Stone, a former U.S. Navy submarine officer who still serves as chairman of a private air charter firm he co-founded in 2004, said SmartSky determined its network needed to be affordable, have good forward speed, good return speed and low latency. It also needed to be a cost-effective investment. SmartSky advertises a 4G passenger connectivity experience that feels like being at home, without the latency that comes with satellite connectivity.
“At that point there is only one option, and that’s an air to ground network,” he said.
The secret weapon
At the core of the SmartSky network is the use of 60 MHz of unlicensed spectrum in the 2.4 GHz band. Prior to the Federal Communications Commission approving its plans last September, SmartSky had kept quiet about where it had found the spectrum to power a 4G-level service. The FCC certified a SmartSky radio system that, though it relies on spectrum others use for terrestrial applications, only employs it high above terra firma. Stone said getting that certification was challenging from both a physics and a regulatory perspective. SmartSky had to make sure frequency reuse won’t cause loads of interference for an already heavily used band, and then convince the FCC that the radio would work as promised. SmartSky accumulated roughly two dozen patents for its ATG radio to protect the technology developed for this feat.
“We weren’t the first people in the world to say, ‘wouldn’t 2.4GHz be an interesting place to go,’ it’s just everyone else in the industry decided it would be much easier to take a licensed approach,” Stone said. “We felt that with 2.4GHz being a mostly universal frequency around the world, it would be fantastic if we could come up with a system that can do this.”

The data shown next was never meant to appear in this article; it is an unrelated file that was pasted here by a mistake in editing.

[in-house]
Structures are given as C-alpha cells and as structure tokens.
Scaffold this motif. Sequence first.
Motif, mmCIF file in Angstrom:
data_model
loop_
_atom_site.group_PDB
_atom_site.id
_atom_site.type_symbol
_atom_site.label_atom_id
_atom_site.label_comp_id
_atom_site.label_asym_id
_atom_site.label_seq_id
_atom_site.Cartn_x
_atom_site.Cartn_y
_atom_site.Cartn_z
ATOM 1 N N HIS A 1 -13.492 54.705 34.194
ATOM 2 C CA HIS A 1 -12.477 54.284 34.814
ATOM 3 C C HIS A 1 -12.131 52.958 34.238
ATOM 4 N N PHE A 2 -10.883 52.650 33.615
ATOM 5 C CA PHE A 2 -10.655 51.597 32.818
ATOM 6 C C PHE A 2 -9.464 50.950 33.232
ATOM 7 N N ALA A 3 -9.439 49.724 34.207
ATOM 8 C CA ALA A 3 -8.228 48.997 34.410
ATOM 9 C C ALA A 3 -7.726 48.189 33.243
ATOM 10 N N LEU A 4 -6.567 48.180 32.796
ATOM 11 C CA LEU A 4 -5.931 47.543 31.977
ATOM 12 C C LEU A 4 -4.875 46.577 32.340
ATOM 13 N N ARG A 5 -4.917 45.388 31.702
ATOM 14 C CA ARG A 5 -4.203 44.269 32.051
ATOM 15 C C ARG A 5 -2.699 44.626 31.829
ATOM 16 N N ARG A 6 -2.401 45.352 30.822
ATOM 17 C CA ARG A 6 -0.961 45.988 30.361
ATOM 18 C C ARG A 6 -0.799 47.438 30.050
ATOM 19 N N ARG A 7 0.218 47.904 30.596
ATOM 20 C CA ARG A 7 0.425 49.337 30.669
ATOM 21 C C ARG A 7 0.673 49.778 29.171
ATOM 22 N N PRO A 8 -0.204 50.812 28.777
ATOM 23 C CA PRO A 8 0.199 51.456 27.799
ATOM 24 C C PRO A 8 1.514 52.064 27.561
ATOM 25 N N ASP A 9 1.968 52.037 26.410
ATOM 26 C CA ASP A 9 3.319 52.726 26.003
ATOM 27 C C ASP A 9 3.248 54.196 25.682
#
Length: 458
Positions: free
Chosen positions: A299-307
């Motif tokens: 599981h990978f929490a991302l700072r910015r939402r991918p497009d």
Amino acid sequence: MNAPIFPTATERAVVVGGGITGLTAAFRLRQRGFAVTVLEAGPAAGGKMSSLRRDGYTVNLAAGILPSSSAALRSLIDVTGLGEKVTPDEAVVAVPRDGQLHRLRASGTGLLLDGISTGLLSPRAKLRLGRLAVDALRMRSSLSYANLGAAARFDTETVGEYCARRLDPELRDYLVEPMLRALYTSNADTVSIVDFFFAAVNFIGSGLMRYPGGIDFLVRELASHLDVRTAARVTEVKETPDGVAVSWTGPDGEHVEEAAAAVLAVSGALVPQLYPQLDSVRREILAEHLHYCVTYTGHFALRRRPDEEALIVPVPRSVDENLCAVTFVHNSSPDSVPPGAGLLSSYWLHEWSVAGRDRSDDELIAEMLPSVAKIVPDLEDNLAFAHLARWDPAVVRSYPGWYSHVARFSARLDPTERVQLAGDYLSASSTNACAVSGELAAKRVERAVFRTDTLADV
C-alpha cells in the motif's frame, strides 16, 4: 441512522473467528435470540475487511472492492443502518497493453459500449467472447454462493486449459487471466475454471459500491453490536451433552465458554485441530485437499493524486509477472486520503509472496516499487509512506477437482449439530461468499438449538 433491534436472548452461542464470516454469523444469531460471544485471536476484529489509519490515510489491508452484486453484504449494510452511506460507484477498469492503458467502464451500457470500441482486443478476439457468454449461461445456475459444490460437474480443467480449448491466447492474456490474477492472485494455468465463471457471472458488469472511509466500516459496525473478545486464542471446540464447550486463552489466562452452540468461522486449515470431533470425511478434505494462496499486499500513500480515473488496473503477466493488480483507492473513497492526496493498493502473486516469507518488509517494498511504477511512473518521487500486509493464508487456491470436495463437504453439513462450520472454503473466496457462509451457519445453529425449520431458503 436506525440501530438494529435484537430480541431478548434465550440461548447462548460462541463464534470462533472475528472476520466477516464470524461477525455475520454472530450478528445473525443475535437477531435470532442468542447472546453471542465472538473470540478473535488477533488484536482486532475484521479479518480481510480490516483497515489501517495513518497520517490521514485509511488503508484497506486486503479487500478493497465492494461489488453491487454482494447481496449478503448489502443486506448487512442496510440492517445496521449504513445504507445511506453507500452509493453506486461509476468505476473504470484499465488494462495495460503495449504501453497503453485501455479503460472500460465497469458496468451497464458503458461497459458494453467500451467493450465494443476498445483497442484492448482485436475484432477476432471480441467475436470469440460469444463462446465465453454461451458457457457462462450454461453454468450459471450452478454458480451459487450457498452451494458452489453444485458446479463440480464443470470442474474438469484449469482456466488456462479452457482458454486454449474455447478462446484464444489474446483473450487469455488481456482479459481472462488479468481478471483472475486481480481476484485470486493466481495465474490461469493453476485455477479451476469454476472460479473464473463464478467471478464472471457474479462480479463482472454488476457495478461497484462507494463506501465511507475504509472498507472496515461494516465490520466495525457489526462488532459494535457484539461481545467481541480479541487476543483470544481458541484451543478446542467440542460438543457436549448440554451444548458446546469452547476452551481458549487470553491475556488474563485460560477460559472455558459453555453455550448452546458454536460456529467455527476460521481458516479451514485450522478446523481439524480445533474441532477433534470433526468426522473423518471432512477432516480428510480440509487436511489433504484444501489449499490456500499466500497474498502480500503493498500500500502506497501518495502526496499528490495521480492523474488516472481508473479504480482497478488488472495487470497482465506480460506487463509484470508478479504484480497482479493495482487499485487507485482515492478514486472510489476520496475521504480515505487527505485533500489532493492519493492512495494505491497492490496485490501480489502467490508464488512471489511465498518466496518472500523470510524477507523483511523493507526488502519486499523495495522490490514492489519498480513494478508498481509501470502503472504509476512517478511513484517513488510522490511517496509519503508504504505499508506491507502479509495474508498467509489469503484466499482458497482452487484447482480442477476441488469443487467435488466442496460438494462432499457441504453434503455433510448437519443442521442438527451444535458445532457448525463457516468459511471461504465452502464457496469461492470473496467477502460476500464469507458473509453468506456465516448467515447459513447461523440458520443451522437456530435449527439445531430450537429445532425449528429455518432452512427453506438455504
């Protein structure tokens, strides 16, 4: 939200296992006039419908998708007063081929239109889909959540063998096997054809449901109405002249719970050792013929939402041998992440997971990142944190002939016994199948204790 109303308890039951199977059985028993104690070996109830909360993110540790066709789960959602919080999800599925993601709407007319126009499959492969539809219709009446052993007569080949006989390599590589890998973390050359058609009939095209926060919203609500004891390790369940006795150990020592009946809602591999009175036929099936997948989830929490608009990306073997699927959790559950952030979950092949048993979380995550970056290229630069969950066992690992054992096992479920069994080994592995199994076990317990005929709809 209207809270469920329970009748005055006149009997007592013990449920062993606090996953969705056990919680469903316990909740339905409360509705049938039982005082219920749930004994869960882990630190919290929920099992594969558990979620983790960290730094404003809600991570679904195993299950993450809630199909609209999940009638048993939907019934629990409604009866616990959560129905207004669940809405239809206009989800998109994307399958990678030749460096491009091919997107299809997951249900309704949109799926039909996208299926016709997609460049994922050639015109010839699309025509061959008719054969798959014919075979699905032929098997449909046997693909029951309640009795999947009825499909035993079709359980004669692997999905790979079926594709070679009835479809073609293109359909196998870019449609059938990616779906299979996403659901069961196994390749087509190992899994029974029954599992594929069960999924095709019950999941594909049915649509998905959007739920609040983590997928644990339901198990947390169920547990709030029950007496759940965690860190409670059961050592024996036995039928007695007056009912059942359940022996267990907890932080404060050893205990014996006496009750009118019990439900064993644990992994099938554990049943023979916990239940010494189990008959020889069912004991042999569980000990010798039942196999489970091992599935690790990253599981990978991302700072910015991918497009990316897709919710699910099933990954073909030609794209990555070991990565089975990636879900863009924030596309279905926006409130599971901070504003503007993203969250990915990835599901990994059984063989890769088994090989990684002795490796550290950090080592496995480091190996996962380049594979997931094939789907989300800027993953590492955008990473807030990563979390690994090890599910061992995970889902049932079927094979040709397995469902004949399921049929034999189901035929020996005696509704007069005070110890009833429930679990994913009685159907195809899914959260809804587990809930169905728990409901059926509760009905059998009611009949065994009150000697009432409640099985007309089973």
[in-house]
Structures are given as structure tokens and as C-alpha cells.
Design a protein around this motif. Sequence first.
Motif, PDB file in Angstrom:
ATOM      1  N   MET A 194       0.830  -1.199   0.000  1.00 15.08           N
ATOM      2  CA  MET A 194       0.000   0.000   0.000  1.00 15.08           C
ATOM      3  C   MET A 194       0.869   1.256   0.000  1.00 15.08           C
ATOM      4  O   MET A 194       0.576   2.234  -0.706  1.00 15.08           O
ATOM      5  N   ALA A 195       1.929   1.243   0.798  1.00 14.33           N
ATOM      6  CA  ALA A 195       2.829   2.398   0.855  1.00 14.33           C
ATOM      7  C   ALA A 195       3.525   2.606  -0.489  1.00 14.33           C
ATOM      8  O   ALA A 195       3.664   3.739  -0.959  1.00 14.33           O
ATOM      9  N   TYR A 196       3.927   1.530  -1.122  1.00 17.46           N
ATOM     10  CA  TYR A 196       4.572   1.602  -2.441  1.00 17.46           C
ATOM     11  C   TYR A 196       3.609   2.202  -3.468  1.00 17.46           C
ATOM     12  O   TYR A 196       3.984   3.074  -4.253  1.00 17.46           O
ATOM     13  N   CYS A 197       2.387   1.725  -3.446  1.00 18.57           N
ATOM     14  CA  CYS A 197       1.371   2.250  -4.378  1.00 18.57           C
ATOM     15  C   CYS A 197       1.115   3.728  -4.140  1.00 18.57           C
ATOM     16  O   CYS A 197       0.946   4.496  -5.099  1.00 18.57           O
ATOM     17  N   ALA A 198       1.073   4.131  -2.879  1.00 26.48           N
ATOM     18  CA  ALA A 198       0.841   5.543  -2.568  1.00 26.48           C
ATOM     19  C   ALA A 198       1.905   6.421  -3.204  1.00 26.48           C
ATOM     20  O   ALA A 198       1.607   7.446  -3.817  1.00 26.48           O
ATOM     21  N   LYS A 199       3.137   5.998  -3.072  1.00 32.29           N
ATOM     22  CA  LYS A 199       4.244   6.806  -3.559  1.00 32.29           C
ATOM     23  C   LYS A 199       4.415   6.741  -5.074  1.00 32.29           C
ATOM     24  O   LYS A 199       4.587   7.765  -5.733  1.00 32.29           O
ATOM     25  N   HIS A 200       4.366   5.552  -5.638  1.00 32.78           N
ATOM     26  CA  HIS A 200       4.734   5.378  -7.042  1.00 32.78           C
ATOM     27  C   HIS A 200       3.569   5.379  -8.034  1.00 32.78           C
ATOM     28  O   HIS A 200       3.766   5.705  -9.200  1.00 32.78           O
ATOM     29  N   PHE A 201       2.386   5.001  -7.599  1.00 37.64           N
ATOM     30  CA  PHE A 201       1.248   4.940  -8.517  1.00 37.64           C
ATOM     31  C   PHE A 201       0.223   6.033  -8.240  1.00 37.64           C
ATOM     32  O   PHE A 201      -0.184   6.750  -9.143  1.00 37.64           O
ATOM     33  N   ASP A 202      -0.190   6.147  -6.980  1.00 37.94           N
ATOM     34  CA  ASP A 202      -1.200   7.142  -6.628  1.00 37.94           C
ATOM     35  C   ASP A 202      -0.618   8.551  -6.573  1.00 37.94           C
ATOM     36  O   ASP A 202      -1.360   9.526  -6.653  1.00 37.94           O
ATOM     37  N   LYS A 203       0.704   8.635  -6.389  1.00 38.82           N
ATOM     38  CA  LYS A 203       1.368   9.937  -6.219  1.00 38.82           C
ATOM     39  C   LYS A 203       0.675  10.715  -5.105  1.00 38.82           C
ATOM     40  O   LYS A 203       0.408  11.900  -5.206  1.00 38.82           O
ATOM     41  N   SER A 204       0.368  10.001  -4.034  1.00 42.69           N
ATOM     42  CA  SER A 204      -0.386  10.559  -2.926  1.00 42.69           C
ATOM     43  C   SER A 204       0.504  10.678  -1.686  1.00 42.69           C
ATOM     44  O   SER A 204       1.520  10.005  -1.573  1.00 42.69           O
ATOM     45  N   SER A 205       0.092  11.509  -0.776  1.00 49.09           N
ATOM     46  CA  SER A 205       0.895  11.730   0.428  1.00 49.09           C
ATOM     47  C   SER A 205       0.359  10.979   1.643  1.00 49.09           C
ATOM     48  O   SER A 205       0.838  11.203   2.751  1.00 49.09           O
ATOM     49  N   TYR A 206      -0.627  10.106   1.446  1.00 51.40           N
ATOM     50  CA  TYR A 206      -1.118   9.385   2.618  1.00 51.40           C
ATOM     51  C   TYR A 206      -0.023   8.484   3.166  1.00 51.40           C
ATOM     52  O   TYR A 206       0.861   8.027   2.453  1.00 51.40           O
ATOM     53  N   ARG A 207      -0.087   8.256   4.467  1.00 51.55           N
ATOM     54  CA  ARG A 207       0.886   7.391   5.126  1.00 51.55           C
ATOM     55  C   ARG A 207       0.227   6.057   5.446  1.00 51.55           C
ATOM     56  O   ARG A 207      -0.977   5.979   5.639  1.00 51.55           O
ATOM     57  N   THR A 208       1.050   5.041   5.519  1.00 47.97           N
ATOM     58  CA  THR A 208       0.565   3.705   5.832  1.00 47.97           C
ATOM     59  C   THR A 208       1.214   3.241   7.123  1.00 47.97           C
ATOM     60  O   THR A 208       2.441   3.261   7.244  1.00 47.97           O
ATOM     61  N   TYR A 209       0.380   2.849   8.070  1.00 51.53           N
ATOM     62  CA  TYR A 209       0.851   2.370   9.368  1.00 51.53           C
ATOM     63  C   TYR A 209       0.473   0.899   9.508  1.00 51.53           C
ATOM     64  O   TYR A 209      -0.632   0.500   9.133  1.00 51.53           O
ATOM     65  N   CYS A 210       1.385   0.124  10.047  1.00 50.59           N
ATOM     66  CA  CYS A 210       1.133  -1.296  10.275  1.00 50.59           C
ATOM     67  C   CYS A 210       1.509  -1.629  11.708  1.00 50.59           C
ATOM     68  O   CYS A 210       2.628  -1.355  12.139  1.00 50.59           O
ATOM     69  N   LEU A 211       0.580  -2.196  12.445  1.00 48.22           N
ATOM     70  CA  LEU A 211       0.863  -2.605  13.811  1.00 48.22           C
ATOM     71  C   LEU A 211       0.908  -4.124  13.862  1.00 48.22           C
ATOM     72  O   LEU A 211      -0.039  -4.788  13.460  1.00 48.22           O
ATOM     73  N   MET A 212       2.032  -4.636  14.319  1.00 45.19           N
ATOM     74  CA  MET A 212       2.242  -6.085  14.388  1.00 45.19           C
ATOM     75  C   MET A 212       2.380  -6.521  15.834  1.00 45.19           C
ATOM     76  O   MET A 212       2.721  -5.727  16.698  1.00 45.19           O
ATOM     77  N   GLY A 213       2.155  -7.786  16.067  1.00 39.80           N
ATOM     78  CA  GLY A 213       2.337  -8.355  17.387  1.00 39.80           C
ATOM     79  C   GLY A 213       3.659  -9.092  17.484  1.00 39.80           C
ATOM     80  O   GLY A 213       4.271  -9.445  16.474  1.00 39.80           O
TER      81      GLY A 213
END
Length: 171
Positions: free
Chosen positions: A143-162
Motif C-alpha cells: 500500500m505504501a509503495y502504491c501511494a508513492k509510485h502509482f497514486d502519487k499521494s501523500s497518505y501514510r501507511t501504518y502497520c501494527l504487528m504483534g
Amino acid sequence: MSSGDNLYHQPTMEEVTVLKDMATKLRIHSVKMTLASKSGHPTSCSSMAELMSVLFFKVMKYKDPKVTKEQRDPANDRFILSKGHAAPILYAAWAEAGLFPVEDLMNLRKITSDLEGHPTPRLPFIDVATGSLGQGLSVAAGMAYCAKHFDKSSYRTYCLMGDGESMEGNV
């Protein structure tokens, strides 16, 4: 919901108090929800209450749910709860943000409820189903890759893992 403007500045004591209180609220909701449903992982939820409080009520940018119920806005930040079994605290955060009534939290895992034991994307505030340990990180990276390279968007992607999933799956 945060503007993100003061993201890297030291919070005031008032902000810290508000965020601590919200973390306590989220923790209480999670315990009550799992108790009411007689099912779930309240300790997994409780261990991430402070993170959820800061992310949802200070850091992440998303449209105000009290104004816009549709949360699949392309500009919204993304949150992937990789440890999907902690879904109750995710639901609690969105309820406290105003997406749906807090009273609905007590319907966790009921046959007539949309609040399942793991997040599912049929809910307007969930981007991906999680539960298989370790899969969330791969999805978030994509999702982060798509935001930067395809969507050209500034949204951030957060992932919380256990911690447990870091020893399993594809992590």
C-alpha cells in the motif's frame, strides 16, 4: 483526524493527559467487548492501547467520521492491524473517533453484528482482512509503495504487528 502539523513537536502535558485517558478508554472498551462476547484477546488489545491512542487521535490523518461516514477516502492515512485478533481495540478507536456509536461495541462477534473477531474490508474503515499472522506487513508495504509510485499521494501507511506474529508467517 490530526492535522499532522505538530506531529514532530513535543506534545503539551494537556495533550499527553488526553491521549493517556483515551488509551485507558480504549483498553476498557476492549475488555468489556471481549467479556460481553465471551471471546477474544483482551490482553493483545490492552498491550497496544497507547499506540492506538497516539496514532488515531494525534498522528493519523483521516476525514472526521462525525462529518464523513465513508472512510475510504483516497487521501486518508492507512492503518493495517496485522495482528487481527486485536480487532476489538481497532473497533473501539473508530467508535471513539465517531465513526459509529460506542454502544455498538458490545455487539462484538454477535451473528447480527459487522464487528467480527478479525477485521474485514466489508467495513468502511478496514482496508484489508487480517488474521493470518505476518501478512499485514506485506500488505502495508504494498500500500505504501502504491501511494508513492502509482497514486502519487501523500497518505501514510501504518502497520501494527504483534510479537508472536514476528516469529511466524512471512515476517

Room for satellite
Stone downplays the concern that SmartSky’s confidence in its terrestrial connectivity solution means satellite companies have a new competitor to fear. “A lot of our early-bird customers have satellite systems, and they also want air to ground. They want hybrid for redundancy, they want it for the difference in capabilities, and also it provides economic benefits,” he said.
An obvious use is aircraft that fly beyond the continental United States (they will need satellite if they want to stay connected for their entire journey) but that’s not the only scenario. Stone said SmartSky customers who want to use satellite and ATG are often seeking least-cost routing, meaning they can choose the lowest-priced means of sending and receiving data depending on what is available.
“Bizjet operators have told us that even after installing our equipment, they think they could save $100,000 a year by doing least-cost routing, bouncing between the two systems,” he said.
Another use case Stone listed is balancing satellite’s generally asymmetric bandwidth, where speedy downloads typically go hand in hand with sluggish uploads. Stone said aircraft can receive forward-link services where data is sent to the aircraft, like streaming video, via satellites very effectively, but return links get trickier. Satellite return links are often only a fraction of the throughput of forward links, and new aero-applications such as aircraft health monitoring require getting data off of planes in greater quantities. Stone said SmartSky’s ATG network will have forward link speeds akin to Ka- and Ku-band high-throughput satellites, but with a return link nearly just as fast.